Universities, colleges in Pittsburgh reject tax talks because of UPMC challenge
Pittsburgh Mayor Luke Ravenstahl's challenge of UPMC's tax-exempt status creates an “adversarial climate” that makes it impossible for the city's colleges and universities to discuss increasing payments in lieu of taxes to the city, a group of school leaders says.
The Pittsburgh Council on Higher Education, which represents Carnegie Mellon University, University of Pittsburgh and eight others, said in an April 5 letter to Ravenstahl that its members won't take part in discussions with a task force created to examine financial support from the city's largest nonprofits.
“Making progress on these long-standing issues is difficult even in the best of circumstances,” said the letter, which the Tribune-Review obtained Monday. “It would be counter-productive to try to push forward in the adversarial environment that exists today.”
The Nonprofit Sector Support Task Force, which the Intergovernmental Cooperation Authority asked the city to create as a condition of passing the 2013 budget, is required to issue a report by the end of June on payments nonprofits can make to the city because they don't pay property taxes. The ICA is one of two groups overseeing the finances of the city.
Marissa Doyle, Ravenstahl's spokeswoman, declined to answer questions about the letter. “We look forward to reviewing the results of the ICA-mandated Nonprofit Task Force's efforts and hope that all nonprofits will work in cooperation with the ICA and the Task Force,” read a statement from the mayor's office.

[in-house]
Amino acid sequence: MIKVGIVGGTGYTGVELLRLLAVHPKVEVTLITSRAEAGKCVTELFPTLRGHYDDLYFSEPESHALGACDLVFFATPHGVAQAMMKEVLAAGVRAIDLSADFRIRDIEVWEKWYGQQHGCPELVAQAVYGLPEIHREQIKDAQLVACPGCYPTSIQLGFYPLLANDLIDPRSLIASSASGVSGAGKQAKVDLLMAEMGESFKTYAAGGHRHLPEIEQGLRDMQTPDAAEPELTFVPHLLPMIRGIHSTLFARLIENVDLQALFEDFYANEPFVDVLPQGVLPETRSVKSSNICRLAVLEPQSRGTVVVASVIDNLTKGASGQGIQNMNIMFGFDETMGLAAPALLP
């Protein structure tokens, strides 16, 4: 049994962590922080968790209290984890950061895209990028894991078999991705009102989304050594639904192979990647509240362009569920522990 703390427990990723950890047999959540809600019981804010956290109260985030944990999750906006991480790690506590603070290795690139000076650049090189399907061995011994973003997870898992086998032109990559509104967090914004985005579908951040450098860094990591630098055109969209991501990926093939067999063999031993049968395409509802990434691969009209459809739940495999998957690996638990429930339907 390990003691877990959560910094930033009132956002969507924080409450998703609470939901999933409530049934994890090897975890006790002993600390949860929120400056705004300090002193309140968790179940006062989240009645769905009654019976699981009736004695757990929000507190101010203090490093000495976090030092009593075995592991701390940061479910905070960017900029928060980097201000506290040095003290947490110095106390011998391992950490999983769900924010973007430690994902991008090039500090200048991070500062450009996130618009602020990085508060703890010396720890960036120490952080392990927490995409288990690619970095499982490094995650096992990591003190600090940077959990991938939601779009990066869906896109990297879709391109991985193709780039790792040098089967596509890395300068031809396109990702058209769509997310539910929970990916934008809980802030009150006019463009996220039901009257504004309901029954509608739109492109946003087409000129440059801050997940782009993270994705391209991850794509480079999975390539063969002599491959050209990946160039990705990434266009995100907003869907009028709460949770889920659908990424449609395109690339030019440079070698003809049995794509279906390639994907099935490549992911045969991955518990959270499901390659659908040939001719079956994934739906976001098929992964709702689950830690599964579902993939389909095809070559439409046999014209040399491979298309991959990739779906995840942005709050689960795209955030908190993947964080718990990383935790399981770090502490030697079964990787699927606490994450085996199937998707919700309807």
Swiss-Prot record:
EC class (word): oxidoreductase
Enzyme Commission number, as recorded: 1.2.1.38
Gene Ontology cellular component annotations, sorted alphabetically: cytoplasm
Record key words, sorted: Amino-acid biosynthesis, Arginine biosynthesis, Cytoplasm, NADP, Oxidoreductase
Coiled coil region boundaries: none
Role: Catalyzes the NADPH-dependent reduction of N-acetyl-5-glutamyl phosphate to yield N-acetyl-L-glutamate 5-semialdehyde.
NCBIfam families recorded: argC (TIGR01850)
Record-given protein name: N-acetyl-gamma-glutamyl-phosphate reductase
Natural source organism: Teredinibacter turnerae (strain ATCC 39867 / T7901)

Kenneth Service, executive director of the higher education council, said colleges and universities think the task force should postpone any meetings. Nine of the 36 members on the task force represent council members.
The talks “are too important to enter into at a time when they're unlikely to have success,” Service said.
Donald Smith Jr., chairman of the task force and president of the Regional Industrial Development Corp., could not be reached for comment.
The council's members represent “the single largest block of voluntary contributions that have been made to support the city through the Pittsburgh Public Service Fund,” according to the letter. The fund pledged to provide payments in lieu of taxes to the city of $2.6 million annually in 2012 and 2013.
Gregory Dell'Omo, president of Robert Morris University and the council's president, said there were too many “complicating factors” going on to make the task force work, including Ravenstahl's decision to not seek re-election and the lawsuit against UPMC.
“We just felt that now was really not the time to get this group together,” he said.
Dell'Omo said the council had not received a response from Ravenstahl.
The mayor filed the lawsuit against UPMC and challenged the status of its properties on March 20.